Weighing 45 tonnes and measuring 43.6m in length, the King Khufu Solar Boat is considered to be the oldest intact ship in the world. From around 2500BC it lay entombed in a chamber carved out of rock at the foot of the Great Pyramid of Giza – presumably to carry the pharaoh Khufu with sun god Ra to the afterlife – until it was discovered in pieces in 1954.
It was reassembled and placed in its own museum at the site in 1985, but in a three-day operation earlier this month, the joint venture building the Grand Egyptian Museum, comprising Belgium’s Besix and Egypt’s Orascom Construction, successfully orchestrated the ship’s latest voyage: an extremely delicate, 8.5km trundle to the new museum, where it was craned into its new dedicated building through the roof.
Planned for six months, and assisted by heavy-lift specialist Sarens, the operation started on 5 August with the careful extraction of the ship on a self-propelled modular transporter (SPMT) and its precision placement in a made-to-measure, 60-tonne steel box.
The ship makes the 8.5km journey to its new home at 1km/h (Courtesy of Besix)
The next day, the ship began rolling on the SPMT at a speed of 1km/h, following a winding route picked to ensure stable ground and avoid archeologically sensitive areas.
On 7 August, it arrived at the Grand Egyptian Museum complex under construction on the Giza Plateau, where an 800-tonne crawler crane lifted the box to a height of 30m before lowing it into position through the roof of the new building.
Besix deputy chief executive Pierre Sironval praised the Egyptian authorities for their “confidence, their professionalism and their remarkably efficient collaboration with the joint venture. “This will be a major museum jewel for the world to which we have just added a fantastic additional piece, the world’s oldest intact ship,” he said.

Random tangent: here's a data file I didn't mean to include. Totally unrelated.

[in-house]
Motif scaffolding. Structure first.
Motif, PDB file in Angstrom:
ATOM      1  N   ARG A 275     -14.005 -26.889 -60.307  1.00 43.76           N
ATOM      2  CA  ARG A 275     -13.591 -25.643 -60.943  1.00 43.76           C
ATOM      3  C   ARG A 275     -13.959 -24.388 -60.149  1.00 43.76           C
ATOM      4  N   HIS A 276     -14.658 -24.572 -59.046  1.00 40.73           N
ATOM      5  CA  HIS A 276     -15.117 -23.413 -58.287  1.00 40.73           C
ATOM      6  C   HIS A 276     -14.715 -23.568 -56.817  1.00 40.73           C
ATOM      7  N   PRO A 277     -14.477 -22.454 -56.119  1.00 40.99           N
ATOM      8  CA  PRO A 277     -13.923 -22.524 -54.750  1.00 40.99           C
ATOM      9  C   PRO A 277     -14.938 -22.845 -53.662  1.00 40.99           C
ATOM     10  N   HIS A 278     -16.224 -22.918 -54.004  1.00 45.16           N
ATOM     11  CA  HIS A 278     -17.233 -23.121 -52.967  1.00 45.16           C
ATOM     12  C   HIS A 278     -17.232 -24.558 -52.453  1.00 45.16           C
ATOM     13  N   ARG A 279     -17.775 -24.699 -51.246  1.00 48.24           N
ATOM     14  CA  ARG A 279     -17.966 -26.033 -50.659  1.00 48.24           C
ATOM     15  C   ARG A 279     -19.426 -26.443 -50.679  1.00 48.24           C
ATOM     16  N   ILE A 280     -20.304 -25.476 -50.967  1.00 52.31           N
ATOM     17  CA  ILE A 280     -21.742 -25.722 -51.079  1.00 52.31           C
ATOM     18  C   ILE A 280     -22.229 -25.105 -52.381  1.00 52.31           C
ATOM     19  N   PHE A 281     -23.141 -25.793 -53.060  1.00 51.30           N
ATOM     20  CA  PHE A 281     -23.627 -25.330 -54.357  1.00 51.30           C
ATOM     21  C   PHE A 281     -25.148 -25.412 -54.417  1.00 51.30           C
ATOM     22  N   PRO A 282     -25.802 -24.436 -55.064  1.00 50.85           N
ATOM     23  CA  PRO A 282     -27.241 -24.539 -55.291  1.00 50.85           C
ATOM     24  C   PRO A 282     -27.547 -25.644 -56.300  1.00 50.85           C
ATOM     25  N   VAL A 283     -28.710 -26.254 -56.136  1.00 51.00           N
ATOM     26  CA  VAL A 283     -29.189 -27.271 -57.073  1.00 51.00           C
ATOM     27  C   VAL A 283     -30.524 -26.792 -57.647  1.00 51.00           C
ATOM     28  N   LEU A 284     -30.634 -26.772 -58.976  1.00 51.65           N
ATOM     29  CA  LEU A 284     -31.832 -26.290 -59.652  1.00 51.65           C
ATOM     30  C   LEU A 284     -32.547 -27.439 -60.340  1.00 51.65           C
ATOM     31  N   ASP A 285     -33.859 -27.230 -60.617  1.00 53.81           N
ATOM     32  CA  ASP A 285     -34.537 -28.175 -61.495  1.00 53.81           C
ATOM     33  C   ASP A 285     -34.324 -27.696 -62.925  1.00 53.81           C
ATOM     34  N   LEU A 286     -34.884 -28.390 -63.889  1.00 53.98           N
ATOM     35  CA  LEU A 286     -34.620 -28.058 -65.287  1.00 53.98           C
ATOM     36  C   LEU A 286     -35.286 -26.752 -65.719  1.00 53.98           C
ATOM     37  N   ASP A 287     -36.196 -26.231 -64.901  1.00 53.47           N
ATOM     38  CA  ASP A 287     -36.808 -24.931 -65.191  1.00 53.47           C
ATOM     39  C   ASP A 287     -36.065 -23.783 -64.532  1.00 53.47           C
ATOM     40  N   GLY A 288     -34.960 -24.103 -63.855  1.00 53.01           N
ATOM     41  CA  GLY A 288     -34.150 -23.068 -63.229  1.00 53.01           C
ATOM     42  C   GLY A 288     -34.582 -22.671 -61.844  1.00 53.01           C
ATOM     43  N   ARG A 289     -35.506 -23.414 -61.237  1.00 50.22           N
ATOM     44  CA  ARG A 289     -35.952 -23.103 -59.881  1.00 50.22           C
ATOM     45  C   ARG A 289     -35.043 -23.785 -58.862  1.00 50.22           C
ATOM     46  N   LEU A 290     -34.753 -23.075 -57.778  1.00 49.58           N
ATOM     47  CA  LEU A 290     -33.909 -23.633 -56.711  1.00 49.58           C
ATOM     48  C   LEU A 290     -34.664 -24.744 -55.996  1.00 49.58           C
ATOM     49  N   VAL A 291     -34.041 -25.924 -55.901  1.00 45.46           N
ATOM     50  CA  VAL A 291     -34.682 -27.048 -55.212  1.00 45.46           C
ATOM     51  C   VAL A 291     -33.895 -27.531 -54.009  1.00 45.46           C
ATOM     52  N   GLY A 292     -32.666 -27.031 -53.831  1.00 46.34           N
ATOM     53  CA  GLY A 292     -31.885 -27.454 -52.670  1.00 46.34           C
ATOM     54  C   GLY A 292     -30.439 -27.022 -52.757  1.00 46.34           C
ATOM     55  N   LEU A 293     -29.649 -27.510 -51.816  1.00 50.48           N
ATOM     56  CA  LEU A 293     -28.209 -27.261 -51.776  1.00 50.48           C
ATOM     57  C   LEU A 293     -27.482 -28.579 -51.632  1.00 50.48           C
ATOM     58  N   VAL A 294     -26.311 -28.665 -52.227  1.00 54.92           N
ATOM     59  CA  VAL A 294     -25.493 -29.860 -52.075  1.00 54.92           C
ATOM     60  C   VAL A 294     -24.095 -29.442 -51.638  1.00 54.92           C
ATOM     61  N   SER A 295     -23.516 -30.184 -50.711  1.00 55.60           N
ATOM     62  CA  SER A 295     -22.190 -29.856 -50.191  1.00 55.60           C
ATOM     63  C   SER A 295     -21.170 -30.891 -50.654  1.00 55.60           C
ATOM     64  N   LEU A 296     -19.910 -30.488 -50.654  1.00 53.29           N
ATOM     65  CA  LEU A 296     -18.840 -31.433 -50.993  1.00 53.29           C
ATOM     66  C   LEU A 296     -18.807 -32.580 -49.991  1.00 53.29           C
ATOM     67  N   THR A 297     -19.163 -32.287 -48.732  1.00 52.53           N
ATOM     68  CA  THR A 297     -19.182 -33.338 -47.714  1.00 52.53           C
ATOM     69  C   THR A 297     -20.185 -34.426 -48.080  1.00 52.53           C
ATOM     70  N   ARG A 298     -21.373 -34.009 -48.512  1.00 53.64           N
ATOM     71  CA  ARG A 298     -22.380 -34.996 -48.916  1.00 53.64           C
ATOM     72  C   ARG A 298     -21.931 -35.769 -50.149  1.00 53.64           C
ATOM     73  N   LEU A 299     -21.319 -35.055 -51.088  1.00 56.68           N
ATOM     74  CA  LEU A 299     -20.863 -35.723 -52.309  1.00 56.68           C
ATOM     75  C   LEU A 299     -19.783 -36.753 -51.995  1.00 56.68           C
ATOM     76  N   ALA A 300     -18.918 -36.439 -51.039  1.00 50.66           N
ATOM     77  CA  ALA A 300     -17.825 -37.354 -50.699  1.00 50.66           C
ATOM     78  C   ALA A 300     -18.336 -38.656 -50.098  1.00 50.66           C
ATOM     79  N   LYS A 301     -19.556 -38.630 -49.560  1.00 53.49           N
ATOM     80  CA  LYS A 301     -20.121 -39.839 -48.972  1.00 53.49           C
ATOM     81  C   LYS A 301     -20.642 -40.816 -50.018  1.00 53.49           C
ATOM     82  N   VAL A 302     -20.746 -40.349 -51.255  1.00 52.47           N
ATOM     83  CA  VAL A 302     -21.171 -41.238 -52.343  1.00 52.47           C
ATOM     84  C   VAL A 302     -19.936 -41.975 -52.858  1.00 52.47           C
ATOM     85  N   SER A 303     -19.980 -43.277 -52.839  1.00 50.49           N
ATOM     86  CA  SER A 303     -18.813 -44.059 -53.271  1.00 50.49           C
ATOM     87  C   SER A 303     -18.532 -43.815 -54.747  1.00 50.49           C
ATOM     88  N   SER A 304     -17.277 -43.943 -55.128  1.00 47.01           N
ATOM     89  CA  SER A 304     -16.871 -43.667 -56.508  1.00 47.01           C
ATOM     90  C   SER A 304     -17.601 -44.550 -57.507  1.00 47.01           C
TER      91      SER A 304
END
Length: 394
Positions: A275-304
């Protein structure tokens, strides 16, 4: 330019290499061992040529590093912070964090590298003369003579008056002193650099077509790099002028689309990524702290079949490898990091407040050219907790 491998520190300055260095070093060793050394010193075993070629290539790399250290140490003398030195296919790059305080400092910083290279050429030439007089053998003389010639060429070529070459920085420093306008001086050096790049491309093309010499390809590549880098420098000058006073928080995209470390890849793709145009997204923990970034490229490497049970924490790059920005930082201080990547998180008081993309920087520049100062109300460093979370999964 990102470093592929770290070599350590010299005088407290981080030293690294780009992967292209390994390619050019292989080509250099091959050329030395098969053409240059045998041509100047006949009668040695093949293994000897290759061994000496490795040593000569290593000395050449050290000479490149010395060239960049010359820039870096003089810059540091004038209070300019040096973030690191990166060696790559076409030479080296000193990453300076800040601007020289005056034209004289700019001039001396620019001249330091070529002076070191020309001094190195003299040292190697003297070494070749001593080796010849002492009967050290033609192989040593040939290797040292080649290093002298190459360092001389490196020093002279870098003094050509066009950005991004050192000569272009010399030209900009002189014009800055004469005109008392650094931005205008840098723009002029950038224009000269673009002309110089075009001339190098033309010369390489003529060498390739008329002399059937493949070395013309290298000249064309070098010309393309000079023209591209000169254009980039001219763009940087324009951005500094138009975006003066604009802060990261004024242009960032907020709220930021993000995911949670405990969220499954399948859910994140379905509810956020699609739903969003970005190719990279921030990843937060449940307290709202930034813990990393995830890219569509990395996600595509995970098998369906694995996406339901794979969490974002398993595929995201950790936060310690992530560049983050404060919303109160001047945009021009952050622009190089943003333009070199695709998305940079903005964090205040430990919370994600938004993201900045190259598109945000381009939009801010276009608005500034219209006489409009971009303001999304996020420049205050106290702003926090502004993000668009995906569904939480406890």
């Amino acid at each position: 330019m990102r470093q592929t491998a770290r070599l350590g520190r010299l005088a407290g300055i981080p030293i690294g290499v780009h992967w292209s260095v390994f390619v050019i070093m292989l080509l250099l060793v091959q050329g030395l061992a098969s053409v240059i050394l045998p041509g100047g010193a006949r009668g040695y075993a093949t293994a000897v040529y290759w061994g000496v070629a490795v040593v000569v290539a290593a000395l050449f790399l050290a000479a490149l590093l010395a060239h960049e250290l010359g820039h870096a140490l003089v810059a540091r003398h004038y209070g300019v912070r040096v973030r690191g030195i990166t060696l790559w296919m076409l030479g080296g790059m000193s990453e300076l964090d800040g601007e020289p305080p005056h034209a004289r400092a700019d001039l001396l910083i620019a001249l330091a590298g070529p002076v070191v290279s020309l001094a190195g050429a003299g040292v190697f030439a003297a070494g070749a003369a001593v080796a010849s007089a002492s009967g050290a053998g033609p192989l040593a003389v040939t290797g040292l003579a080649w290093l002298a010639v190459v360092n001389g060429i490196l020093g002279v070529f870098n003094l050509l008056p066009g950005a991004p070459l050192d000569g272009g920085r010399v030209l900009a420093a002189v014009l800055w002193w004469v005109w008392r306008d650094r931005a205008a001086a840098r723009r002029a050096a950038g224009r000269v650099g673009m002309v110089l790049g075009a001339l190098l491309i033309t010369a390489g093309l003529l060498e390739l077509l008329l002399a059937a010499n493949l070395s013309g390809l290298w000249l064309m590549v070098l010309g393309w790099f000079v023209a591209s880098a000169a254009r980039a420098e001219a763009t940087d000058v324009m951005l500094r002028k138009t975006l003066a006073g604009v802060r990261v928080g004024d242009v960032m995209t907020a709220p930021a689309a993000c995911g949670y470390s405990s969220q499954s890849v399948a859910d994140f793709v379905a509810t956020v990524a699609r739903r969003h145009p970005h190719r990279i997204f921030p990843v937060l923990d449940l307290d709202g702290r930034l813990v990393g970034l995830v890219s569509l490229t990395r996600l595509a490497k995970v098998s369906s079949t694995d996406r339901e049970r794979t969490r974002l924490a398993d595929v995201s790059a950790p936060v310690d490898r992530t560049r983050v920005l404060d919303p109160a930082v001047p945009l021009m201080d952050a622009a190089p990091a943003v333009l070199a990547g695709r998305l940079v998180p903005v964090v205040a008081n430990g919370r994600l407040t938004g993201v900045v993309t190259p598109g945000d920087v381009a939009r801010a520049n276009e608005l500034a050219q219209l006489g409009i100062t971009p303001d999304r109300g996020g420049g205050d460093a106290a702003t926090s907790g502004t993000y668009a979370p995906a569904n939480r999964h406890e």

Orascom Construction chief executive Osama Bishai said teams worked around the clock “to guarantee excellence in execution”.
An 800-tonne crawler crane lifted the box to a height of 30m before lowing it into position through the roof of the new building (Courtesy of Besix)
Working for Egypt’s Ministry of State for Antiquities, Besix and Orascom Construction are leading the construction of the 490,000-sq-m Grand Egyptian Museum, claimed to be the world’s largest museum dedicated to a single civilisation, and one of the largest complexes built in Egypt since the pyramids themselves.
Work on the Grand Egyptian Museum – one of the most ambitious and complex museum projects ever undertaken – began in 2005, and is nearing completion after being delayed multiple times, including by political upheaval in the country following the Arab Spring of 2011.
Top image: The King Khufu Solar Boat in its old museum at the Great Pyramid of Giza (Olaf Tausch/CC BY-SA 3.0)